“Try looking at doubt and anxiety in a whole different way. . . Learning how to get underneath or above or beside judgment when you are writing, and then to call in the exact right judicial authority when it’s time to expand or contract your piece of writing—this is art!” This is the only time when I allow, even invite, a little of that doubt and fear to read over what I’ve written, to pretend that I am my parents who are reading my work. “Make doubt your ally. Tell your anxiety you appreciate him.” Because if we make them our enemy, we’ll only be fighting ourself, we won’t create, and fear will win.

How to use fear to your advantage? The old saying of, “If you can’t beat them, join them,” might apply. Sellers suggests, “Fear is the self’s armor against anxiety. We want to stay with fear a little bit more. Delay the armoring process. Fear is useful. Anxiety is numbing. It’s a drug. Drugs keep us from our creations. What you want to do is ask yourself: What are you afraid of? Work on spending more time with fear, delaying, if only for a micromoment, anxiety, fear’s ugly cloak.” Answering the questions above, the ones that so often drive fear and doubt and anxiety, are one of many ways to dispel fear’s imagined talons wrapping around our hearts. There are a few things that will happen if we spend time with fear. One, we’ll shed a little light on our shadowselves. This isn’t bad. It’s good. This is where the juice is. This is where the words, the colors, the flavors, the notes come to light, and life. Two, if we spend some time with our fear, our courage grows. With that growth, comes risk taking. And it is only with risk that our greatest work can be born.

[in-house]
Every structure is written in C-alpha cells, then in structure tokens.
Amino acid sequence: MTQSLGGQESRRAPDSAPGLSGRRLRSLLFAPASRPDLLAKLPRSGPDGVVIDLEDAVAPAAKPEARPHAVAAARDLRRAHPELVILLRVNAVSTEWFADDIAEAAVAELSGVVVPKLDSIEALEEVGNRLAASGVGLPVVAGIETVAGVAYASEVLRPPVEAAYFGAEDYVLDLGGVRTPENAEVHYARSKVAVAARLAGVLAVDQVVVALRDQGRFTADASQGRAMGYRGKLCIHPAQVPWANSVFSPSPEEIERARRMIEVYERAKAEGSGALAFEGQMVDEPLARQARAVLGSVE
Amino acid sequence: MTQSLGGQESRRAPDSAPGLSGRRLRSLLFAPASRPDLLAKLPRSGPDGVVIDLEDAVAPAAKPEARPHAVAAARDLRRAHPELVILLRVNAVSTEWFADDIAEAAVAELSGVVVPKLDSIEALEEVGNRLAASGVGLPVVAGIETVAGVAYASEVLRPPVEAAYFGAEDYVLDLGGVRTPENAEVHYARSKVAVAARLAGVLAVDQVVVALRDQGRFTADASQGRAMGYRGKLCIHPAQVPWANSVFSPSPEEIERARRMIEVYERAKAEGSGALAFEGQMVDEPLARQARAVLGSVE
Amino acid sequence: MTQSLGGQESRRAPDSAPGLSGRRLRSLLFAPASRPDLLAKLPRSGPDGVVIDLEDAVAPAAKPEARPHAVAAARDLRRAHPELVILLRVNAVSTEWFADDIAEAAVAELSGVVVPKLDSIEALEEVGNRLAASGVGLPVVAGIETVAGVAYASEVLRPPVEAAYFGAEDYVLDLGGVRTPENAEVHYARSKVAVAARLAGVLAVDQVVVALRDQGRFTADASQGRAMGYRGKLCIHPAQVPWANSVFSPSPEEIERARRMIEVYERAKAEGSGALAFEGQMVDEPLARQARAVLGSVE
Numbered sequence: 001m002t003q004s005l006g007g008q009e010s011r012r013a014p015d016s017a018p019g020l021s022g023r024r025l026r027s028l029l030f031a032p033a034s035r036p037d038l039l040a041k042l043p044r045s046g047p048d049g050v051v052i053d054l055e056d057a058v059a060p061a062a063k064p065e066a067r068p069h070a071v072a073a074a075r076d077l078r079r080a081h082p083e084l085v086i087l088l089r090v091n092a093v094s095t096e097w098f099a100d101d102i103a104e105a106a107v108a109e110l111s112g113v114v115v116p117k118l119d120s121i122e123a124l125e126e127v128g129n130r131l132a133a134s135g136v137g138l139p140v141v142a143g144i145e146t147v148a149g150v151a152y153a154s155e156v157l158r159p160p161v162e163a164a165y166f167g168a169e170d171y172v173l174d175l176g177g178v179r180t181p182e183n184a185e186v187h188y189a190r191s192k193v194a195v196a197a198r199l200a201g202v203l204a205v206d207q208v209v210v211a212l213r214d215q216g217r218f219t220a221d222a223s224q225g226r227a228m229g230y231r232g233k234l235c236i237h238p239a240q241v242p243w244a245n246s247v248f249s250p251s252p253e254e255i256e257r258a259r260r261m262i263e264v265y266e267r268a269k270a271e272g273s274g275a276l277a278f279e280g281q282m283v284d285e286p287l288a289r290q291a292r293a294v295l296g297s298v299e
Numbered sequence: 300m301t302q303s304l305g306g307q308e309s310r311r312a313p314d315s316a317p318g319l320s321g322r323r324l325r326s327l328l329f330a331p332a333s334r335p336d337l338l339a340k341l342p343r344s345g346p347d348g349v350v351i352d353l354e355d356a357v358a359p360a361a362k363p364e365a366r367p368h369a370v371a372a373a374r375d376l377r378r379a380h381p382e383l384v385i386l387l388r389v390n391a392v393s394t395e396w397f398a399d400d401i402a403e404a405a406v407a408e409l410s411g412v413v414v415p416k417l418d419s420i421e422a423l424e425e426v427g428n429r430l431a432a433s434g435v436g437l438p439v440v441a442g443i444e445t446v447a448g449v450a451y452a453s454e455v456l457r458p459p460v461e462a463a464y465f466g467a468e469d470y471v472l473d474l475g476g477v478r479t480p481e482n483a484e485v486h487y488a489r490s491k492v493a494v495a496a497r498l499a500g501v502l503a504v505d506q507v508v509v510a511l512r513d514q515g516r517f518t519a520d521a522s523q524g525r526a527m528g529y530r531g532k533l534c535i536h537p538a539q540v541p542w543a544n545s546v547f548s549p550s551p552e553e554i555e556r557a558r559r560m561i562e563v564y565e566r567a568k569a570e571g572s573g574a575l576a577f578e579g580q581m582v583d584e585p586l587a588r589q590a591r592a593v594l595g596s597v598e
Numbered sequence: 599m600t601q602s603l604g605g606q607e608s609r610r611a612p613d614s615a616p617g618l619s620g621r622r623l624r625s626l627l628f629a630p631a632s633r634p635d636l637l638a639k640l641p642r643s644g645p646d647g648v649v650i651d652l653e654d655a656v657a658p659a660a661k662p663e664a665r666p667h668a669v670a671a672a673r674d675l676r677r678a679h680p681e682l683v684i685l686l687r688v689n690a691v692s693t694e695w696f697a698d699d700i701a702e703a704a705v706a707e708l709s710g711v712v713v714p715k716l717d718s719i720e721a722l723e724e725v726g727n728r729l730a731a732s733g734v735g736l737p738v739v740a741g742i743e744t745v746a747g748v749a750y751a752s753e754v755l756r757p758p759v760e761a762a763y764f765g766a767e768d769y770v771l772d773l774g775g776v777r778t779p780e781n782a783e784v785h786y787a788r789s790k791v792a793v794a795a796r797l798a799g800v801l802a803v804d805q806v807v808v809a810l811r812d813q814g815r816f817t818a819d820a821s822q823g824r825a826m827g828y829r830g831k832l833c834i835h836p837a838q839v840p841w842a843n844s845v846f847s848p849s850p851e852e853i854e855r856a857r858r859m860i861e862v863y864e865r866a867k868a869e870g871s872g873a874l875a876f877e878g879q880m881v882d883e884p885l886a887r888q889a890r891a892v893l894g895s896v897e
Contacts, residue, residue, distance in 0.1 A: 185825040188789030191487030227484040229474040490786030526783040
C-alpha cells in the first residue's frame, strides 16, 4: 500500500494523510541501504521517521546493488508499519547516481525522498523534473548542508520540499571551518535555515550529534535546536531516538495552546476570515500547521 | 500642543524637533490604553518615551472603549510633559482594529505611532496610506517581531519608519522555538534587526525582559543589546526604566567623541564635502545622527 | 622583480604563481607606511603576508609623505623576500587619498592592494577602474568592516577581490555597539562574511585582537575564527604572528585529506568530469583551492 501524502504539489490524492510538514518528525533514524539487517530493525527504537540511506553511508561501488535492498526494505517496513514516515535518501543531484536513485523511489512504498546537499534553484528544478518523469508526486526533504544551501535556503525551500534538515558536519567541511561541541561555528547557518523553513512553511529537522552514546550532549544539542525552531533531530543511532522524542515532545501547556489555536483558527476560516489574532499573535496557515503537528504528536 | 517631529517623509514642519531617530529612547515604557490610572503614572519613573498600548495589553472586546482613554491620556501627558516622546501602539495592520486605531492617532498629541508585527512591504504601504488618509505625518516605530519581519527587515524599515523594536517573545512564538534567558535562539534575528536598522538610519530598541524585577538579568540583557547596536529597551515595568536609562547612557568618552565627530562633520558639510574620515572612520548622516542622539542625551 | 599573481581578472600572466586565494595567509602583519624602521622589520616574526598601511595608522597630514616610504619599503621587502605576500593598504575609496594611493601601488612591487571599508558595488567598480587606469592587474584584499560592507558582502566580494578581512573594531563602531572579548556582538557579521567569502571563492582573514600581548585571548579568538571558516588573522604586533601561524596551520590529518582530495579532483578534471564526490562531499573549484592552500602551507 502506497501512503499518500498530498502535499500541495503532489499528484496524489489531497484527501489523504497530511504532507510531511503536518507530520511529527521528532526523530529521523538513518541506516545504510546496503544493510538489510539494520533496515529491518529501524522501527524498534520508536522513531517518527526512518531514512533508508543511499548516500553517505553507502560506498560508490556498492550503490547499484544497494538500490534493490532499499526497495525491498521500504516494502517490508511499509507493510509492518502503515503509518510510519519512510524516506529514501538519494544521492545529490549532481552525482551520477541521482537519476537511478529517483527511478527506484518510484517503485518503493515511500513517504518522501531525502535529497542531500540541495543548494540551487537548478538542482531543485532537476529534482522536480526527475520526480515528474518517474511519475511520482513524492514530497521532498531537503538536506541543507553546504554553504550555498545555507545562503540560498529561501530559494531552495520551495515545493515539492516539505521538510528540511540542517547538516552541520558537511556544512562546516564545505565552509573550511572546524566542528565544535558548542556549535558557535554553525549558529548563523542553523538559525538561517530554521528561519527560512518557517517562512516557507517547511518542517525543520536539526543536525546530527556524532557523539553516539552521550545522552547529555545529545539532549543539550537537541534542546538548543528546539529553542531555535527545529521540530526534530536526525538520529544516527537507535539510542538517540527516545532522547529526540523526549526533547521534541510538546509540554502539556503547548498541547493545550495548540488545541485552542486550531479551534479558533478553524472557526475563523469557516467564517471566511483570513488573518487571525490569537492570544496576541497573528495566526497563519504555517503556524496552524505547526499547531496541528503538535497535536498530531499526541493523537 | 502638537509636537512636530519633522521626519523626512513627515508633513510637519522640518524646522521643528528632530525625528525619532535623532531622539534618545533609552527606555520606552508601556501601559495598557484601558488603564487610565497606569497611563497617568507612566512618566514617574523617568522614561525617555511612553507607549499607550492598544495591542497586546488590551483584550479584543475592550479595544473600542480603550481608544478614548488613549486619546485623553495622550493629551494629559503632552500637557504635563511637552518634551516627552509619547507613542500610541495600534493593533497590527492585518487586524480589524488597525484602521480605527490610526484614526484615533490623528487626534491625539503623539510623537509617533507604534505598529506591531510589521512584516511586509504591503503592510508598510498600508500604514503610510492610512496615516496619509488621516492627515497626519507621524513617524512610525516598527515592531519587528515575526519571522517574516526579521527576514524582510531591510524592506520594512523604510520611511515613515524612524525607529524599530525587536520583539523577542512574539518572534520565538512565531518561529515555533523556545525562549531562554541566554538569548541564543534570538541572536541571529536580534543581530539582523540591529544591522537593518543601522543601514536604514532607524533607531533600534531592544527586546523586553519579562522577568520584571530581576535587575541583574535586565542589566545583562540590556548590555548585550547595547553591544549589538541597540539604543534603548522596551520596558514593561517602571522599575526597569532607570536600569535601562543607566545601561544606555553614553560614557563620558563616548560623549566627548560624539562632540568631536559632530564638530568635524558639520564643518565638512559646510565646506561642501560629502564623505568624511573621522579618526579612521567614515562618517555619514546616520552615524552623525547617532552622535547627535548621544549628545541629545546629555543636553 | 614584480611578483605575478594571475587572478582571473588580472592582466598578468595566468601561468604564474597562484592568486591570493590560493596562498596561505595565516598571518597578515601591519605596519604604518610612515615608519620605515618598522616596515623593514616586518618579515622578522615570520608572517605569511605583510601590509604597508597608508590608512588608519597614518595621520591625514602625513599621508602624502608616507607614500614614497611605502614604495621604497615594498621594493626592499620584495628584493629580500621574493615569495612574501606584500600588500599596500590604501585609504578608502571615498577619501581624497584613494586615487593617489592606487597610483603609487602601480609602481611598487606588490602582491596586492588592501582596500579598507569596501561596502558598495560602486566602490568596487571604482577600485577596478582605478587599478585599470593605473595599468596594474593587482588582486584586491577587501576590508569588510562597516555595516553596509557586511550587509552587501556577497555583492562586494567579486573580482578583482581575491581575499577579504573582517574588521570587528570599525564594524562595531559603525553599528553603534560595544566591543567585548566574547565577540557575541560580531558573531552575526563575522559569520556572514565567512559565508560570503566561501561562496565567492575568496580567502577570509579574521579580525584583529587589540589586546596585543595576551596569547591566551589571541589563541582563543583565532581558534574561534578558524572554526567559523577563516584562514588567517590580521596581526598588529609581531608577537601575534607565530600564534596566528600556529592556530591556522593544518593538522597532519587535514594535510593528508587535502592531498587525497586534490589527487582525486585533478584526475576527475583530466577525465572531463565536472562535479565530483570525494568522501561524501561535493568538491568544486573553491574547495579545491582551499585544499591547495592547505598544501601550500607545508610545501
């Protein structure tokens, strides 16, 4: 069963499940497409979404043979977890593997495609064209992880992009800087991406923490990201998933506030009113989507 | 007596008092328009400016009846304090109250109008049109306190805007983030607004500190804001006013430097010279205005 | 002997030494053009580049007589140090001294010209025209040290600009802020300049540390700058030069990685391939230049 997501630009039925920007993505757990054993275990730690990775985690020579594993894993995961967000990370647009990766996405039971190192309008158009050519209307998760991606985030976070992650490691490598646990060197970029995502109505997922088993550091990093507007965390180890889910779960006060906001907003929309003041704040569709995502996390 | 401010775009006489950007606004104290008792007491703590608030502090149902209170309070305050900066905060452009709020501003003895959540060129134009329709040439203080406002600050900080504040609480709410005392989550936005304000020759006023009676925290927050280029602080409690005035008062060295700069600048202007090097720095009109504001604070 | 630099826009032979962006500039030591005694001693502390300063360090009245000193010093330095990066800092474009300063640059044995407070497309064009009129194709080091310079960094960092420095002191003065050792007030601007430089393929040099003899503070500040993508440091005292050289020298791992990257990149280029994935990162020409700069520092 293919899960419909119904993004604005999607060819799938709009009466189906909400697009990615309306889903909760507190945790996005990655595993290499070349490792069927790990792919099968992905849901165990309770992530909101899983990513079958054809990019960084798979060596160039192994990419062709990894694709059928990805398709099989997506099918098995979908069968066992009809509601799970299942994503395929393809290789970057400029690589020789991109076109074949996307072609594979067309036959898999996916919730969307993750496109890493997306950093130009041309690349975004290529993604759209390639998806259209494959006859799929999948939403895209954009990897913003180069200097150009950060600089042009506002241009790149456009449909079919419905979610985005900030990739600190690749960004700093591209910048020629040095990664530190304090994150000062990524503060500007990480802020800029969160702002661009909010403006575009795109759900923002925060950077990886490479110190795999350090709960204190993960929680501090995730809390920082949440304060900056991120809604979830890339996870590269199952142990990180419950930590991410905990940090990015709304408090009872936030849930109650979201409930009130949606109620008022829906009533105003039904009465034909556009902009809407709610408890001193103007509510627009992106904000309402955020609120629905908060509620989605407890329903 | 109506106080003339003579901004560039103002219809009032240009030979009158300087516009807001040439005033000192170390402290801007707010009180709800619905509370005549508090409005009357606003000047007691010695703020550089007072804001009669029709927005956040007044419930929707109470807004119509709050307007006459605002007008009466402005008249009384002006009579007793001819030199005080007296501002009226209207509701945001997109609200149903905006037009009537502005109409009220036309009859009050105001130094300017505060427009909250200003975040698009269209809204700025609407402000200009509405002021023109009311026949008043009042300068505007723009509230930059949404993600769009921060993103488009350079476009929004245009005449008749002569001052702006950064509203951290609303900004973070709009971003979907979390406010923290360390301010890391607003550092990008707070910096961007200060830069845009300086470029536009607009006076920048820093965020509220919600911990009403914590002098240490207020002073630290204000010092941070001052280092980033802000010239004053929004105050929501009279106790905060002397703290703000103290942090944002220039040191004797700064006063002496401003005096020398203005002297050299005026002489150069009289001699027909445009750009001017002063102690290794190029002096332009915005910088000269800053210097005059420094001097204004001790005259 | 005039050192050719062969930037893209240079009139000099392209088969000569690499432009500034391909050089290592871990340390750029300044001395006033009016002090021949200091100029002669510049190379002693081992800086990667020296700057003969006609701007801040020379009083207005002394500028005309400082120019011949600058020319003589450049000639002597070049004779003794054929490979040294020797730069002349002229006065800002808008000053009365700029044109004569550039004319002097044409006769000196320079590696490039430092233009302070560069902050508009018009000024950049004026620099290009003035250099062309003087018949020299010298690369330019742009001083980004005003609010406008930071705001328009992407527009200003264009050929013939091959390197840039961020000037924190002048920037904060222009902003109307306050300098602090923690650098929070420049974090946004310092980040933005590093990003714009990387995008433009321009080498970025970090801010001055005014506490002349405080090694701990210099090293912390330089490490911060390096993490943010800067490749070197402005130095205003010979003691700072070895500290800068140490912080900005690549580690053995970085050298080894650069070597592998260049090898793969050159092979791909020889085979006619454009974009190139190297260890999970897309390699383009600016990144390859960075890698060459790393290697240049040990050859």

Another way to move around, past, or through fear is to create consistently. “I show up every day (it has taken me years of practice, but I am pretty good now) in my writing room because I want to demonstrate to myself that I am capable of commitment, of practice. The less I think about it, the less I angst about it. . . I wanted to be a writer. . . You can do this. Anyone can. You just have to wake up, writing.” And isn’t this what everything takes? Practice? Which comes after commitment, and this comes after heeding the call of the Muse to create something, anything, that wasn’t there before. Something that comes from me, from you. And just because we decide to bring something into form, it is unique, it is an honor, it takes courage, and it can be, should we choose it to be, the center of our life. “Any day you are writing anything at all, even one sentence, is a cause for celebration. It’s that hard, what we are trying to do. Keep that in mind, and also the equally true thing—if I can do this, you can.” As with anything that we try, that we think we can do, that we even want desperately to do, “I wade through the bad days, knowing the good days will come back. If I just stay with it. The other thing we know about the muse: She visits writers who are at their desk, writing.”

Listen. Become an acquaintance of fear. Commit, which means to show up every day. That snowballs into courage to write from where we are, from where we come from. Embrace the creative life, and maybe, finally, the chaos will begin to make sense. Do you have a technique to keep anxiety from stalling your creativity? Share it in the comments section! If you want to see the results of my dance with anxiety and doubt, visit my website www.myjoyenterprises.com 


Written by Michele Venne

Writer of immersive and intriguing stories.